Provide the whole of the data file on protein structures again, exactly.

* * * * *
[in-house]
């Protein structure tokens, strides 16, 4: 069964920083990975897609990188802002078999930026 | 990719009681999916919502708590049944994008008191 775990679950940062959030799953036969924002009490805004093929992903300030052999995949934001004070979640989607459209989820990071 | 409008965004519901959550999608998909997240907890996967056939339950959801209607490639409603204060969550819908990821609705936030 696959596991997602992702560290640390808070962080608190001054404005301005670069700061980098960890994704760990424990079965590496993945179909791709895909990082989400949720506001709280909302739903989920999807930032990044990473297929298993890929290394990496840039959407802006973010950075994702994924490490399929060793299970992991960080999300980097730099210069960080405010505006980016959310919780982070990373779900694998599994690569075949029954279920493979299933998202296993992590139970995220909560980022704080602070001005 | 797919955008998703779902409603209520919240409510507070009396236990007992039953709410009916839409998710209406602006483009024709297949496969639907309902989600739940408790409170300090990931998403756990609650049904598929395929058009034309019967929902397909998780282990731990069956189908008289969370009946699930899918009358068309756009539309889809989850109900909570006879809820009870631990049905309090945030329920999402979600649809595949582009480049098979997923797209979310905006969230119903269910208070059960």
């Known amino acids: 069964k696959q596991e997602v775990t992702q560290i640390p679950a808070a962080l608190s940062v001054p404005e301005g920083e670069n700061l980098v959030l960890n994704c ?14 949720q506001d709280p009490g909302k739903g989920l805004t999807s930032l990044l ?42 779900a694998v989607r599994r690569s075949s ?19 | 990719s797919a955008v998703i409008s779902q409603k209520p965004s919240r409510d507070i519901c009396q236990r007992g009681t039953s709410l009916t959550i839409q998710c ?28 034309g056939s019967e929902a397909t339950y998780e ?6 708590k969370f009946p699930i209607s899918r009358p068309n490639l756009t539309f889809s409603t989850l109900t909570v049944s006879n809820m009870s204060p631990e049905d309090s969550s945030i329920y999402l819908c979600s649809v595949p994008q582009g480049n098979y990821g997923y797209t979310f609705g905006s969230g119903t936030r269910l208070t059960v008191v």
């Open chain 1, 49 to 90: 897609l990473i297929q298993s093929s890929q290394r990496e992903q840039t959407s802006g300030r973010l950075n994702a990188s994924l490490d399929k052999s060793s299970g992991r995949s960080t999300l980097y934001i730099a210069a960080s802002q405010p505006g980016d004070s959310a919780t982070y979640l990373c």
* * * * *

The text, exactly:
[in-house]
């Protein structure tokens, strides 16, 4: 069964920083990975897609990188802002078999930026 | 990719009681999916919502708590049944994008008191 775990679950940062959030799953036969924002009490805004093929992903300030052999995949934001004070979640989607459209989820990071 | 409008965004519901959550999608998909997240907890996967056939339950959801209607490639409603204060969550819908990821609705936030 696959596991997602992702560290640390808070962080608190001054404005301005670069700061980098960890994704760990424990079965590496993945179909791709895909990082989400949720506001709280909302739903989920999807930032990044990473297929298993890929290394990496840039959407802006973010950075994702994924490490399929060793299970992991960080999300980097730099210069960080405010505006980016959310919780982070990373779900694998599994690569075949029954279920493979299933998202296993992590139970995220909560980022704080602070001005 | 797919955008998703779902409603209520919240409510507070009396236990007992039953709410009916839409998710209406602006483009024709297949496969639907309902989600739940408790409170300090990931998403756990609650049904598929395929058009034309019967929902397909998780282990731990069956189908008289969370009946699930899918009358068309756009539309889809989850109900909570006879809820009870631990049905309090945030329920999402979600649809595949582009480049098979997923797209979310905006969230119903269910208070059960």
């Known amino acids: 069964k696959q596991e997602v775990t992702q560290i640390p679950a808070a962080l608190s940062v001054p404005e301005g920083e670069n700061l980098v959030l960890n994704c ?14 949720q506001d709280p009490g909302k739903g989920l805004t999807s930032l990044l ?42 779900a694998v989607r599994r690569s075949s ?19 | 990719s797919a955008v998703i409008s779902q409603k209520p965004s919240r409510d507070i519901c009396q236990r007992g009681t039953s709410l009916t959550i839409q998710c ?28 034309g056939s019967e929902a397909t339950y998780e ?6 708590k969370f009946p699930i209607s899918r009358p068309n490639l756009t539309f889809s409603t989850l109900t909570v049944s006879n809820m009870s204060p631990e049905d309090s969550s945030i329920y999402l819908c979600s649809v595949p994008q582009g480049n098979y990821g997923y797209t979310f609705g905006s969230g119903t936030r269910l208070t059960v008191v």
């Open chain 1, 49 to 90: 897609l990473i297929q298993s093929s890929q290394r990496e992903q840039t959407s802006g300030r973010l950075n994702a990188s994924l490490d399929k052999s060793s299970g992991r995949s960080t999300l980097y934001i730099a210069a960080s802002q405010p505006g980016d004070s959310a919780t982070y979640l990373c």